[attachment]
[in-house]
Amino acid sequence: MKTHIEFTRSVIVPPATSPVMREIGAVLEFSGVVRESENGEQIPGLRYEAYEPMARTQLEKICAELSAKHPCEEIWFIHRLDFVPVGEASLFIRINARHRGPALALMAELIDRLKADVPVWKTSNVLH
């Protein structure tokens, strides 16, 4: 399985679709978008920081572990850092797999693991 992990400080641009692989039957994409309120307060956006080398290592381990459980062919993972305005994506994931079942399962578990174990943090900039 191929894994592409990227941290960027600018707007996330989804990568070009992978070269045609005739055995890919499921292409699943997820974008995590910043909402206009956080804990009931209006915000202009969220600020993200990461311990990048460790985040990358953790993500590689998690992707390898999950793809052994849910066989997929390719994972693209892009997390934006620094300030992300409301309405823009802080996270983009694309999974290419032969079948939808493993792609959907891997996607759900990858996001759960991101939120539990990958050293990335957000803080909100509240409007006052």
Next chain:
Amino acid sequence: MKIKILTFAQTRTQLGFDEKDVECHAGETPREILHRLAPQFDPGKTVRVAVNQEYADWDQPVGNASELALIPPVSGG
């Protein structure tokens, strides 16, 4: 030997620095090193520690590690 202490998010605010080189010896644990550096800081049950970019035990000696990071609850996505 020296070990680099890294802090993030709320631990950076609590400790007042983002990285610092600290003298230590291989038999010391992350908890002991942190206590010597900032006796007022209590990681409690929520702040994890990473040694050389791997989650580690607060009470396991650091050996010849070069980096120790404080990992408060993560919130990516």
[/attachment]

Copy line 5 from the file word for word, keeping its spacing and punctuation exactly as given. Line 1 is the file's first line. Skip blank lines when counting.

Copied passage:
Amino acid sequence: MKIKILTFAQTRTQLGFDEKDVECHAGETPREILHRLAPQFDPGKTVRVAVNQEYADWDQPVGNASELALIPPVSGG